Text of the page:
The government is mulling the staggering of working hours in order to prevent rush-hour crowds on public transport, Infrastructure and Transport Minister Kostas Karamanlis revealed on Sunday, speaking on SKAI television. He said that the idea, which calls for a spread of employee arrivals over three separate stages instead of one big wave squeezed in between 7:30 and 8:30, has been put to the prime minister for consideration.
“We must not have the impression that, from one day to the next, one million employees will be let loose onto the streets. The new measures must have some balance,” he added. Karamanlis said that a discussion was currently underway on whether those using public transport will have to wear PPE, especially masks, with the final decisions due to be taken next week.
“A very specific operational plan for the day after is being prepared. We won the first wager, which was for the virus not to spread. Now we must gradually embark on the process of starting up the economy again, which means that some people from the private and public sector must start to be active to begin the productive process,” Karamanlis noted.
On the financial side, given the sharp drop in passengers, the minister said that the transport companies will give credit to people for unused travel cards, as well as an additional 10 pct discount for those buying one-year travel cards. He pointed out that passenger traffic had dropped by 85-90 pct in the last two months, creating a difficult situation, in contrast to January and February, where revenues had rise by 5-10 pct.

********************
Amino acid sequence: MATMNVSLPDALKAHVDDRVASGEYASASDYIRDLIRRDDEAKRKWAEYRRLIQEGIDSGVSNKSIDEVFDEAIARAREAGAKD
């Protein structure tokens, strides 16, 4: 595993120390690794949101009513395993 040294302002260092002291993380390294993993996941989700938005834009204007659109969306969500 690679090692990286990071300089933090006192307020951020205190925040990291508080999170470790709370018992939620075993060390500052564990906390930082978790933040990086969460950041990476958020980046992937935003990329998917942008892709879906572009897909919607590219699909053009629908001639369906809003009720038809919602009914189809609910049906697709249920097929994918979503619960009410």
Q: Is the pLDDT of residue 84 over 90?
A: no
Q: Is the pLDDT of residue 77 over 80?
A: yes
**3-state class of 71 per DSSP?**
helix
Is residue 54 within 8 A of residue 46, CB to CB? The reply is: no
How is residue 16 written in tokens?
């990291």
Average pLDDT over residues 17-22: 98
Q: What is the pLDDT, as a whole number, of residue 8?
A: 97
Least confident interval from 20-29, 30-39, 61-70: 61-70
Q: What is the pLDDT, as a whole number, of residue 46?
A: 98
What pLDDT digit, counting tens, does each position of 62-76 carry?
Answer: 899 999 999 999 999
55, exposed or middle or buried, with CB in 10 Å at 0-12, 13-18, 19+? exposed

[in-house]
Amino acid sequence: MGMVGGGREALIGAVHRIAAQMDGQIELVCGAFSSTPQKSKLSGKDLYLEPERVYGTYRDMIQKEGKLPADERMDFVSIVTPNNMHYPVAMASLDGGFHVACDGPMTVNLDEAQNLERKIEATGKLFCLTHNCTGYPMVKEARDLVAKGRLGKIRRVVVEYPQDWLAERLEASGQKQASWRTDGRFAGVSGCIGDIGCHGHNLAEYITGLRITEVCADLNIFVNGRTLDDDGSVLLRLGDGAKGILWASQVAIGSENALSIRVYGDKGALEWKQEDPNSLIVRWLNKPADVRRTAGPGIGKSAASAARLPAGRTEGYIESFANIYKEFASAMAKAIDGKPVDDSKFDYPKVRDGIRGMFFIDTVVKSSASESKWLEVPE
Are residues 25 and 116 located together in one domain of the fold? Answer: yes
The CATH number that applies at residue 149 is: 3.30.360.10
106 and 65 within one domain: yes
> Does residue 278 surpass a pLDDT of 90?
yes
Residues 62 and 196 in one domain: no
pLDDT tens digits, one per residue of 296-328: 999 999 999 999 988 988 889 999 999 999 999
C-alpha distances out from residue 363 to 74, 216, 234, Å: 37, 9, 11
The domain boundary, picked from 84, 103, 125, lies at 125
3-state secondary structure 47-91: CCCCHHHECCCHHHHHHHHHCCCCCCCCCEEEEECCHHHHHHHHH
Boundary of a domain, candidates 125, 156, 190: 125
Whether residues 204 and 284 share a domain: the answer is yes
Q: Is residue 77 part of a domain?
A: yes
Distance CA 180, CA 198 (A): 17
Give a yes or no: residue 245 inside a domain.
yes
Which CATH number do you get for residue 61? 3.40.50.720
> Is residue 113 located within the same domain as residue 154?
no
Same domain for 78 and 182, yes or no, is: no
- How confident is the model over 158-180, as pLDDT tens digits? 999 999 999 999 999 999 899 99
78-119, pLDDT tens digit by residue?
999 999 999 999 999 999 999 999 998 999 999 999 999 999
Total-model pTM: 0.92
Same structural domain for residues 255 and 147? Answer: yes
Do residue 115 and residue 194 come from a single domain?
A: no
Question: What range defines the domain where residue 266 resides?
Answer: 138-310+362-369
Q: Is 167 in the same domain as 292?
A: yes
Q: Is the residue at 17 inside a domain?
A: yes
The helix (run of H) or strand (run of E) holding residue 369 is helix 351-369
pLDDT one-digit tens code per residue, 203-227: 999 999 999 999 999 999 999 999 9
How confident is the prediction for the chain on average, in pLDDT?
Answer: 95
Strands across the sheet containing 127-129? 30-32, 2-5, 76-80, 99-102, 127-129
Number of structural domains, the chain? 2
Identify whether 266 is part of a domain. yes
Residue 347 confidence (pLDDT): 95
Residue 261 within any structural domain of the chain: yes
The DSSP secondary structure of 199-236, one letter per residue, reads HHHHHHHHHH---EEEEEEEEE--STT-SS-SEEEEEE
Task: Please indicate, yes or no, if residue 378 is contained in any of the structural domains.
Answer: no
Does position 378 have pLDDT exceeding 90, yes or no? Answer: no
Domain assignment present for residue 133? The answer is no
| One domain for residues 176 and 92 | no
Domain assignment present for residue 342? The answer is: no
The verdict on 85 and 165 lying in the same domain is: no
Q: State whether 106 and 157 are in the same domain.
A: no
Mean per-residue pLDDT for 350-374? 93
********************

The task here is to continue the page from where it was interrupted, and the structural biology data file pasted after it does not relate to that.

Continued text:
“What matters at the moment is the day after, so that people can safely use public transport,” he emphasised, noting that the problem could not be resolved by simply using more buses because there were not enough, since no new buses have been purchased since 2009.
“We will resolve this, of course, and we will soon be ready to begin a tender, but at present and with the given circumstances we are doing whatever is humanly possible to provide a service to people and protect public health,” he said, warning that the lifting of the measures will be gradual.
On air transport, Karamanlis said the government’s intends to provide strong support, given the importance of tourism for Greece’s economy.
“Greece has a comparative advantage because we did very well in the health crisis. We must slowly start opening up air transport as well. For this reason, the prime minister a few days ago made a special reference to this to the European Council President, calling for a specific plan for air transport. On Wednesday, we will have an informal transport ministers’ meeting where we will examine specific measures…we want a balance between freedom of movement and public health,” he said.
Karamanlis explained the government was looking at several alternatives, including a health certificate, supervision of travellers depending on the risk they present and tests at the border when a problem was suspected.
“Greece was one step ahead of the rest of Europe and we very quickly shut down our airports and flights from countries that had a problem. We will make an effort to find a common line on this on an EU level. If it is not found, however, we will not remain idle.”